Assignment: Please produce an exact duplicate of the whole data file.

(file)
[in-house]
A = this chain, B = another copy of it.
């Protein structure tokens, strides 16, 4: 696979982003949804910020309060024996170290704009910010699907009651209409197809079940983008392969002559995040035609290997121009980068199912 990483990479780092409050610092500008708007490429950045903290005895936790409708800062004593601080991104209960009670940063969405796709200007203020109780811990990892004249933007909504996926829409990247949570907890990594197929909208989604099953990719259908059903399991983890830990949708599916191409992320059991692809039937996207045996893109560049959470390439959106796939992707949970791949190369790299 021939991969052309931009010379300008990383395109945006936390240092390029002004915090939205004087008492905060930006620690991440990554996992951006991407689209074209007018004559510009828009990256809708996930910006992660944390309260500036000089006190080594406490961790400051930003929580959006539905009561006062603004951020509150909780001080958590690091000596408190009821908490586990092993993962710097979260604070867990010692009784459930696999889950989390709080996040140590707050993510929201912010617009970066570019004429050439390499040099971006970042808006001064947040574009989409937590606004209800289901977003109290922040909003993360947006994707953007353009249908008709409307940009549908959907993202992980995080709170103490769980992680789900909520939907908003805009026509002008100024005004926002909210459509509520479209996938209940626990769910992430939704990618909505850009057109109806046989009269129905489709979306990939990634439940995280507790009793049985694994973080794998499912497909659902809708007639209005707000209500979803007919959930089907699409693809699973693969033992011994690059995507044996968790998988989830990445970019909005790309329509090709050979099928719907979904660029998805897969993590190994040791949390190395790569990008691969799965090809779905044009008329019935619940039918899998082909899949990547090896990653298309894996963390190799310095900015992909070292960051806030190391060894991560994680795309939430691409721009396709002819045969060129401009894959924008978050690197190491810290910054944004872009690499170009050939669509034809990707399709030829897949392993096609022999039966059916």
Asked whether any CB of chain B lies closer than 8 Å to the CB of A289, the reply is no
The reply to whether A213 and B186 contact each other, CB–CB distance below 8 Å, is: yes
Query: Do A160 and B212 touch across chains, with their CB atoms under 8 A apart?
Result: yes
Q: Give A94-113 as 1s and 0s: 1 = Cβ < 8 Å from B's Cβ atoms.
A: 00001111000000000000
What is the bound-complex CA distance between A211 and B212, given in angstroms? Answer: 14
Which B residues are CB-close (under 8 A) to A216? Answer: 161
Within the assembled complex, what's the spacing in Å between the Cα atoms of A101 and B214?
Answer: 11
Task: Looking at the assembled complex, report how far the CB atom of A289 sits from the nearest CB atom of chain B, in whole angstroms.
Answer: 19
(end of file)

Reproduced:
[in-house]
A = this chain, B = another copy of it.
């Protein structure tokens, strides 16, 4: 696979982003949804910020309060024996170290704009910010699907009651209409197809079940983008392969002559995040035609290997121009980068199912 990483990479780092409050610092500008708007490429950045903290005895936790409708800062004593601080991104209960009670940063969405796709200007203020109780811990990892004249933007909504996926829409990247949570907890990594197929909208989604099953990719259908059903399991983890830990949708599916191409992320059991692809039937996207045996893109560049959470390439959106796939992707949970791949190369790299 021939991969052309931009010379300008990383395109945006936390240092390029002004915090939205004087008492905060930006620690991440990554996992951006991407689209074209007018004559510009828009990256809708996930910006992660944390309260500036000089006190080594406490961790400051930003929580959006539905009561006062603004951020509150909780001080958590690091000596408190009821908490586990092993993962710097979260604070867990010692009784459930696999889950989390709080996040140590707050993510929201912010617009970066570019004429050439390499040099971006970042808006001064947040574009989409937590606004209800289901977003109290922040909003993360947006994707953007353009249908008709409307940009549908959907993202992980995080709170103490769980992680789900909520939907908003805009026509002008100024005004926002909210459509509520479209996938209940626990769910992430939704990618909505850009057109109806046989009269129905489709979306990939990634439940995280507790009793049985694994973080794998499912497909659902809708007639209005707000209500979803007919959930089907699409693809699973693969033992011994690059995507044996968790998988989830990445970019909005790309329509090709050979099928719907979904660029998805897969993590190994040791949390190395790569990008691969799965090809779905044009008329019935619940039918899998082909899949990547090896990653298309894996963390190799310095900015992909070292960051806030190391060894991560994680795309939430691409721009396709002819045969060129401009894959924008978050690197190491810290910054944004872009690499170009050939669509034809990707399709030829897949392993096609022999039966059916």
Asked whether any CB of chain B lies closer than 8 Å to the CB of A289, the reply is no
The reply to whether A213 and B186 contact each other, CB–CB distance below 8 Å, is: yes
Query: Do A160 and B212 touch across chains, with their CB atoms under 8 A apart?
Result: yes
Q: Give A94-113 as 1s and 0s: 1 = Cβ < 8 Å from B's Cβ atoms.
A: 00001111000000000000
What is the bound-complex CA distance between A211 and B212, given in angstroms? Answer: 14
Which B residues are CB-close (under 8 A) to A216? Answer: 161
Within the assembled complex, what's the spacing in Å between the Cα atoms of A101 and B214?
Answer: 11
Task: Looking at the assembled complex, report how far the CB atom of A289 sits from the nearest CB atom of chain B, in whole angstroms.
Answer: 19